Still, somehow I kept holding on to hope somehow.  Not anymore.  I was hoping the All-Star Break would give players a nice rest and they could come back and play decent ball.  Now, 9 games out of first, and with the Billy Wagner being the player nearest to coming off the DL, I can safely say: pack it in.  Bring up some young prospects to get some big league experience.  Let Jon Niese and Nelson Figueroa pitch.  What’ve we got to lose?  And if, by some miracle, we can come back and make it into the playoffs, wonderful.  I doubt it would ever happen, but maybe the Phillies can have a collapse even worse than our 2007 collapse.

This is the essence of being a Mets fan.  Experiencing losing season after season, especially in painful ways, is just part of our lives.  People wonder why CitiField honors the Dodgers so much and somewhat neglects the Giants portion of National League history in New York.  Compare the Mets to both teams.  Which team does this franchise more closely resemble? Maybe we can nickname the Mets “Dem Bums 2”

Citifield opens

Tonight, something that happens once (ok, maybe twice for Mets fans of my parents’ generation) happens in Flushing, NY.  My baseball team, the New York Metropolitans, officially move into their new digs at Citifield.  For all the fans in attendance, from young to old, this is a moment you tell your kids, grandkids, nieces, nephews, anybody who will or is obligated to listen about.  For the rest of us, we’ll just have to tell stories about seeing the first game on TV, combined with our tales of Old Shea. 

The first Mets game at Shea was a loss, which set up decades of mostly futility, with some bright spots along the way.  Here’s to the Mets opening up Citifield with a win, and establishing decades of success and championships until that day, 44 years from now, when Citifield is deemed obsolete, and the future owner of the Mets wants to build the stadium he remembers from his youth:  A big, blue semi-circle with seating levels in orange, blue, green and red.

Until that day, we can enjoy Citifield as our home away from home.  It may not feel like it now, but no home feels right the first day you move in.  It takes time to establish memories of great plays, joys that seem too fleeting and down spells that seem like they will never end.  It may not feel like the Mets’ home ballpark right now, but all we have to do, as Mets fans, is show up, cheer for our team, and create a great atmosphere for baseball, and it will turn into our home by the end of the season.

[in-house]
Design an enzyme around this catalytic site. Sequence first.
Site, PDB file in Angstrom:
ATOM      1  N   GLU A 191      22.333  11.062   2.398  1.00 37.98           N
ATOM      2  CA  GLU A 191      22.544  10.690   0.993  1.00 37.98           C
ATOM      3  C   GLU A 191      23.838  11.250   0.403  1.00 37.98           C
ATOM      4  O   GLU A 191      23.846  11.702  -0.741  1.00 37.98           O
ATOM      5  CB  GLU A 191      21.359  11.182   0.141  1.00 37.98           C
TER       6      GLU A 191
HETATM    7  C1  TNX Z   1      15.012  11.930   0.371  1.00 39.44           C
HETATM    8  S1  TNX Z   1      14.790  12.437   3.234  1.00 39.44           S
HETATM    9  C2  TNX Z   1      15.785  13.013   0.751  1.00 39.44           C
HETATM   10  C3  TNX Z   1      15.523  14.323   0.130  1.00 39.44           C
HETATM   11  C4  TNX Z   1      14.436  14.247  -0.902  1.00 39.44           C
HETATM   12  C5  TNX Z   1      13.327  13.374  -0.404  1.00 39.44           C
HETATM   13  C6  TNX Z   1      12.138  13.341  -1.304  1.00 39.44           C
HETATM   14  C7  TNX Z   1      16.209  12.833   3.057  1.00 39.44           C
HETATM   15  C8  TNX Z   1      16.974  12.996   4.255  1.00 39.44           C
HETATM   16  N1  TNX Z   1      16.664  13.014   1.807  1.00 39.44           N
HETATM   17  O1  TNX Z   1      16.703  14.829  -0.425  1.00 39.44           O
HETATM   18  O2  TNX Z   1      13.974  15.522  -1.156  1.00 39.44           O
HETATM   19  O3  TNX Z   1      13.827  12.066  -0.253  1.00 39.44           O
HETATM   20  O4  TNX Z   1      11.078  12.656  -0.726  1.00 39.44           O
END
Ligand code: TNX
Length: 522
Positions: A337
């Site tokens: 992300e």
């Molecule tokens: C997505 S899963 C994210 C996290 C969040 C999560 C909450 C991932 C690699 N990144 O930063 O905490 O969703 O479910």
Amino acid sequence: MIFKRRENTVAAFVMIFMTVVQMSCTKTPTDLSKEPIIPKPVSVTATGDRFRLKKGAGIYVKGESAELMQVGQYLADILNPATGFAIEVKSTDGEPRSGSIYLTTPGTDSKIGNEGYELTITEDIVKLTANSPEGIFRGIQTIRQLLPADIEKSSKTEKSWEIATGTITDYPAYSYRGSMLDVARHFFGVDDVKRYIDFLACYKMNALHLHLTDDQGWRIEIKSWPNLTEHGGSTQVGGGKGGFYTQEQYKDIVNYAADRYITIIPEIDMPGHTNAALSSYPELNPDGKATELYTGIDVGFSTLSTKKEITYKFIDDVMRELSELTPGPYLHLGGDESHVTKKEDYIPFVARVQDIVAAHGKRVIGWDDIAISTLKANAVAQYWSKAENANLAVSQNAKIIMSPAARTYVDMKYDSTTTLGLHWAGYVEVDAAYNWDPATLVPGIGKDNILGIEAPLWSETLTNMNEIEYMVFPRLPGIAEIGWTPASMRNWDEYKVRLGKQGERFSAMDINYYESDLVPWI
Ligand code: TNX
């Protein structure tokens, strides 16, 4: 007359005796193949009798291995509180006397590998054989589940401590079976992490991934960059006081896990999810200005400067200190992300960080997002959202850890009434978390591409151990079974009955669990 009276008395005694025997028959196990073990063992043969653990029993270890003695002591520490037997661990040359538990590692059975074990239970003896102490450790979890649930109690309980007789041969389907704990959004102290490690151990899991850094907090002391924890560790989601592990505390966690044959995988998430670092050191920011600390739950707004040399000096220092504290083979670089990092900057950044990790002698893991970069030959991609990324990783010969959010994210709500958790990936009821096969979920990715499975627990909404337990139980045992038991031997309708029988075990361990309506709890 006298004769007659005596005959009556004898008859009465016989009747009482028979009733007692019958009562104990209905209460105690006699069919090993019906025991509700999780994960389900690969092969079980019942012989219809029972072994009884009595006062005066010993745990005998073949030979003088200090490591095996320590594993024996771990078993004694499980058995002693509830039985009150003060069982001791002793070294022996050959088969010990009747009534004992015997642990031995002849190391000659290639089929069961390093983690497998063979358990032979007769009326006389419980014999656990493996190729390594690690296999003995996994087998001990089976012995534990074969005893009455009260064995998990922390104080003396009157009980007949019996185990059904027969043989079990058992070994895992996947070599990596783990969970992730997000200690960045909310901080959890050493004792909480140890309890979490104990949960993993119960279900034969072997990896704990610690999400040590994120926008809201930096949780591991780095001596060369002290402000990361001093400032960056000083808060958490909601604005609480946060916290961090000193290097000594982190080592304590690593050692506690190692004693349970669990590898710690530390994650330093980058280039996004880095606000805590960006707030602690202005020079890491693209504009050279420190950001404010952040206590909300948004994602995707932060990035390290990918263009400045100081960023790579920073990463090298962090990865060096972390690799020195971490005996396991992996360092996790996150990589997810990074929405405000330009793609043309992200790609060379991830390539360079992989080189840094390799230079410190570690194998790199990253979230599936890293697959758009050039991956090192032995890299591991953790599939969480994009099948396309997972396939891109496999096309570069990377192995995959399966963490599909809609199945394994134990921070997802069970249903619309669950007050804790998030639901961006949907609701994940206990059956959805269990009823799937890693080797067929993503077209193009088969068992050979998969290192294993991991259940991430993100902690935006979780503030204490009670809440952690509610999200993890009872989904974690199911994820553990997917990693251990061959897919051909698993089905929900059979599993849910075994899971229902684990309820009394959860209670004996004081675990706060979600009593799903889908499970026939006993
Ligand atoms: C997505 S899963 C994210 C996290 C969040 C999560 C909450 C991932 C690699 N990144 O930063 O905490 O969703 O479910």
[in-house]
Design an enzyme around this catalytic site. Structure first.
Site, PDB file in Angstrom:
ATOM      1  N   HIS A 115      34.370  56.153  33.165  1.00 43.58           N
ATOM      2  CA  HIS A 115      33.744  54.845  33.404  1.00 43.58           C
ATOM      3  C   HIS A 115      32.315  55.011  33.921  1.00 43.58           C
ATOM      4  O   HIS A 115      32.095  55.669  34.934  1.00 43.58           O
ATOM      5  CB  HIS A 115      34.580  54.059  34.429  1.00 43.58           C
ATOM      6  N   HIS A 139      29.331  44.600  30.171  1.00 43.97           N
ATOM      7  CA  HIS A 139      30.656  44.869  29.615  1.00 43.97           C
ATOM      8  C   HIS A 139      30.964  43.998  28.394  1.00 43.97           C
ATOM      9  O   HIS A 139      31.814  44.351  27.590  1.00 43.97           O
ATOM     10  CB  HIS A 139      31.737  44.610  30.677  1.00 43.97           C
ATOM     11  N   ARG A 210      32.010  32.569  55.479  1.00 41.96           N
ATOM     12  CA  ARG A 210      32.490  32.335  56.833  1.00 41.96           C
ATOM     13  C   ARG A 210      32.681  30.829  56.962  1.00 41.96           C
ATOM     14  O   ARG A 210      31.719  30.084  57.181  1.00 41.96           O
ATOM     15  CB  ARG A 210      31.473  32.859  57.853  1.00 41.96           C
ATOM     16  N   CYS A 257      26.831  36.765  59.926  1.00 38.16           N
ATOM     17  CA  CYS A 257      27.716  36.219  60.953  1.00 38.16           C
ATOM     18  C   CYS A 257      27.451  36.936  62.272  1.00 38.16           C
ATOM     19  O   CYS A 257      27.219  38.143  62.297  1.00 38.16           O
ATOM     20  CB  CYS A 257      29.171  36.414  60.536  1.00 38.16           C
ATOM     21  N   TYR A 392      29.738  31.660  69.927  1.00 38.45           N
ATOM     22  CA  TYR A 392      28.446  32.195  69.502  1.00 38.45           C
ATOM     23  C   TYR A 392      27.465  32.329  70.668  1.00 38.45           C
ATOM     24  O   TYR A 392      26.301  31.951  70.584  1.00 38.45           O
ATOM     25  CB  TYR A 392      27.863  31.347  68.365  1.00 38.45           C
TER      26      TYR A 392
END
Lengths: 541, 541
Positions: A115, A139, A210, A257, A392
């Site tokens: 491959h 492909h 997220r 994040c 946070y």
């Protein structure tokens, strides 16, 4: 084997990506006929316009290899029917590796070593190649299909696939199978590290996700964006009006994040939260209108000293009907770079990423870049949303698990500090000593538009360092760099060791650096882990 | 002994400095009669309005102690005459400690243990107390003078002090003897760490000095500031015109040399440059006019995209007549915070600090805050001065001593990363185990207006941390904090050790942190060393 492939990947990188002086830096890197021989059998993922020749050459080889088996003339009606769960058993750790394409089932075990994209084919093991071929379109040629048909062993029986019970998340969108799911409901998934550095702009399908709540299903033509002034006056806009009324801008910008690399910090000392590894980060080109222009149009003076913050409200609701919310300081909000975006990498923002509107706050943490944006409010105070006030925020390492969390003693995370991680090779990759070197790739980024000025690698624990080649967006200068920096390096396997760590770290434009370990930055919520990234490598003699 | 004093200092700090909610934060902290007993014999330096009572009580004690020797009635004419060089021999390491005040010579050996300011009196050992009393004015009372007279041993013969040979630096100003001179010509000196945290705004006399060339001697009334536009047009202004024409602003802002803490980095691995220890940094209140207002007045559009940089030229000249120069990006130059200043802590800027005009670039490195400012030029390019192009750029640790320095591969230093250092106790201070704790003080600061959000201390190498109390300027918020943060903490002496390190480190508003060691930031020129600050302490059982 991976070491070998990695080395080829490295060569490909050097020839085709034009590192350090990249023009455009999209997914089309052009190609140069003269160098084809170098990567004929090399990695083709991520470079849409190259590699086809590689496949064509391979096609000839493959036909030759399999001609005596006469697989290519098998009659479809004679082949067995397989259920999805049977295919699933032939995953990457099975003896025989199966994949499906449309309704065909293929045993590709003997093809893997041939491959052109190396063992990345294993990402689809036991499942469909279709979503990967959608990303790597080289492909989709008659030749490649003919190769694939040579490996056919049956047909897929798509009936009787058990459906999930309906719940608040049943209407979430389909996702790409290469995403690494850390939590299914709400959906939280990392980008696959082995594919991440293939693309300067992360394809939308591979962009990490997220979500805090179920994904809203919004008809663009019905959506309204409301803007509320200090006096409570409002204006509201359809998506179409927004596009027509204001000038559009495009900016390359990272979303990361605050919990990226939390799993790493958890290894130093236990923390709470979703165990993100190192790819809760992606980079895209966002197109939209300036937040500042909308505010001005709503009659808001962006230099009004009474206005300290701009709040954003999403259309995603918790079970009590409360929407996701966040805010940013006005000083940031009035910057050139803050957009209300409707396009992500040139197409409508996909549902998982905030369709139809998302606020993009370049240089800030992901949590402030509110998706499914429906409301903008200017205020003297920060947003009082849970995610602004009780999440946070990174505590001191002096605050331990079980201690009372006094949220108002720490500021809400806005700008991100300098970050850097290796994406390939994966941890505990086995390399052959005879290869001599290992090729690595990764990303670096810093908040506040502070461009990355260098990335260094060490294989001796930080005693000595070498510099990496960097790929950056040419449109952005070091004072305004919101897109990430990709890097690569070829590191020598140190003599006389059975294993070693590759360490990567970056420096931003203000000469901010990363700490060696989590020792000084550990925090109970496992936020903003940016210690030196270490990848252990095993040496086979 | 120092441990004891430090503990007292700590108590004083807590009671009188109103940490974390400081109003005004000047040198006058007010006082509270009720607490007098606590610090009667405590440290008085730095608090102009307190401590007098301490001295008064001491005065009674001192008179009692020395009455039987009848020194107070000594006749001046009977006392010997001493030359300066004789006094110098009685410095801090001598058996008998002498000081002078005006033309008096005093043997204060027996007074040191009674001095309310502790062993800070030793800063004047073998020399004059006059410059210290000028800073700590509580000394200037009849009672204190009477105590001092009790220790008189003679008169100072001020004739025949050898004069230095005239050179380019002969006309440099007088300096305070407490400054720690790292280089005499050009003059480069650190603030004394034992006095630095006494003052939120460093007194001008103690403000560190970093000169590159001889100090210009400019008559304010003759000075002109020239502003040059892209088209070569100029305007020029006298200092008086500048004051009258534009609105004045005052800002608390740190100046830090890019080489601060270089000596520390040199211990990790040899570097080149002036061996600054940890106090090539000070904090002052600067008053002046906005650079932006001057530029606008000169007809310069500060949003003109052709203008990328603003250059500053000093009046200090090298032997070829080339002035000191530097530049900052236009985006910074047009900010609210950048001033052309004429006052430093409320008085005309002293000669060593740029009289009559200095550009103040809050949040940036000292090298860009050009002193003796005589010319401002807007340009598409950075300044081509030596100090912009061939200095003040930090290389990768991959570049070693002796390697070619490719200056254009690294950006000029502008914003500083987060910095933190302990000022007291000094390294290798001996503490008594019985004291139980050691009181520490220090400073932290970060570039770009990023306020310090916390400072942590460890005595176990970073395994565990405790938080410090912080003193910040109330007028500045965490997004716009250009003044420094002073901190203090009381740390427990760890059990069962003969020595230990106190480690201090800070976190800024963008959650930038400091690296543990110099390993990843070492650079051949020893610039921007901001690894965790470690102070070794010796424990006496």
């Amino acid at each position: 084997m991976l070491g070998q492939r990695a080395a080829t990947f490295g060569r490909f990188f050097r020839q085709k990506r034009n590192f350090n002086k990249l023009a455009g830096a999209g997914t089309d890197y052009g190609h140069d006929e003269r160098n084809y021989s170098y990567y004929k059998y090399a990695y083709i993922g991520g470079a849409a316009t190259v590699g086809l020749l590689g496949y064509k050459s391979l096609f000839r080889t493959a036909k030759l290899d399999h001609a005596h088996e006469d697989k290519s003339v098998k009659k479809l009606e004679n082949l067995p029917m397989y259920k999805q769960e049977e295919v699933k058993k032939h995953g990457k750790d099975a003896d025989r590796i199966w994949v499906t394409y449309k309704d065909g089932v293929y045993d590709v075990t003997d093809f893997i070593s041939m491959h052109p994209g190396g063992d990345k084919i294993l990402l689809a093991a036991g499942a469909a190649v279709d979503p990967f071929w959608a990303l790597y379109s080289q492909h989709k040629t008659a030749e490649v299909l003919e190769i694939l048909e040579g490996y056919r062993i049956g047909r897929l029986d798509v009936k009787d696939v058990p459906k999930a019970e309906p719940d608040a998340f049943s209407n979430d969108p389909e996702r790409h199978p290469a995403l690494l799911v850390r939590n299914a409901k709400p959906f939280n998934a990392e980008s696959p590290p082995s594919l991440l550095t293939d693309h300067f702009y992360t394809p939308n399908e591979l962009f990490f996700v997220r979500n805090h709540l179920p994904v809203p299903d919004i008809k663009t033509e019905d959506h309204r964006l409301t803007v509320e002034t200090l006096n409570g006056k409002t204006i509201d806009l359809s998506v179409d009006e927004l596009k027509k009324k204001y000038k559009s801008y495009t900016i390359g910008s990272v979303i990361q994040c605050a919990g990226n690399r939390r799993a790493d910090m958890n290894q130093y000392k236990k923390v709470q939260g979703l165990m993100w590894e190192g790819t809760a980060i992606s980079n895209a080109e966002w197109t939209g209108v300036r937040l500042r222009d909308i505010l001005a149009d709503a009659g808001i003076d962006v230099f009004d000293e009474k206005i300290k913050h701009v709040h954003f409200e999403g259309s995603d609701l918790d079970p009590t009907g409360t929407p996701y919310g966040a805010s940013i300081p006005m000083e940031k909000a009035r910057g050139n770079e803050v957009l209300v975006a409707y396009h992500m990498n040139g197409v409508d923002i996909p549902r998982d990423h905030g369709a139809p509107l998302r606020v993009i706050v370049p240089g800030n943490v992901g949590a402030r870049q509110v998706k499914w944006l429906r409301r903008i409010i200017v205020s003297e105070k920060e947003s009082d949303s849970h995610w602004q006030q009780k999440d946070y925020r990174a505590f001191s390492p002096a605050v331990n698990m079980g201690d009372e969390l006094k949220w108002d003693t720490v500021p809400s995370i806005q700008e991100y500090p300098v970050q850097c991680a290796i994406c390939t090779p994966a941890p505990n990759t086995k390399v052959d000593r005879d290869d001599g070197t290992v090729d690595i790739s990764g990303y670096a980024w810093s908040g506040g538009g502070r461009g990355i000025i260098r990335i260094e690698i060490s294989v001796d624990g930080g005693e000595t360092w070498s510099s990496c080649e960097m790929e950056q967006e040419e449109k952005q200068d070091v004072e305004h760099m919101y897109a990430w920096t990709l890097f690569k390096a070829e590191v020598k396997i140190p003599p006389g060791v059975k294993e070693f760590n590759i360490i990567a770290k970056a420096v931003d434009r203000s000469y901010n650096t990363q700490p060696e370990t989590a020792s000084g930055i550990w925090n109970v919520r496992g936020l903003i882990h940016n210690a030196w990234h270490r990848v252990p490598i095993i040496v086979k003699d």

Pre-game- Mets vs. Reds, 12:35 PM

Staff meeting coming up, so I have to do this early.

The Mets go for a sweep of the first series of the season against the Cincinatti Reds at 12:35 Eastern Time today.  Oliver Perez starts for the Mets, while Bronson Arroyo takes the mound for the Reds.  Ollie is 9-4 against the Reds lifetime, and is 4-2 with a 3.91 ERA at Great American Ballpark.  Bronson Arroyo has received a cortisone shot for carpal tunnel discomfort, so keep an eye on him to see if he’s affected by it.

No official lineup yet, but it’s a day game after a night game with travel coming up tonight, so expect the lineup to be somewhat different (will Sheffield get some playing time?)  Also, it’s a Oliver Perez game, so the starting pitching could go either way.  I’m stuck at work, and can’t watch, so, once again, no significant post-game from me.

Let’s Go Mets!

MLB Musings

Some random thoughts on what’s happening around the league:

– The Nationals are off to a wonderful start, I see.  3 straight losses.  Living in DC, that makes me a little excited, since I can definitely get seats easily now. 

– The Phillies almost joined the Nats in the 0-3 department.  Fortunately for them, they got some help from the Braves’ bullpen yesterday and had a huge come from behind win.

– From the Department of the Absurd(ly Sober):  Apparently the Blue Jays didn’t sell beer at their second game of the season. Thanks to unruly fans at opening day, alcohol sales were suspended.  Even the players didn’t have alcohol in the clubhouse. 

– Finally, I’m loving how poorly the Yankees’ starting pitching is starting off the season.  I know it’s only 2 games in, but keep on truckin’ boys!

Happy Recap- Mets (2-0) 9, Reds (0-2) 7

WP- Mike Pelfrey (1-0), LP- Edison Volquez (0-1), S- Francisco Rodriguez (2)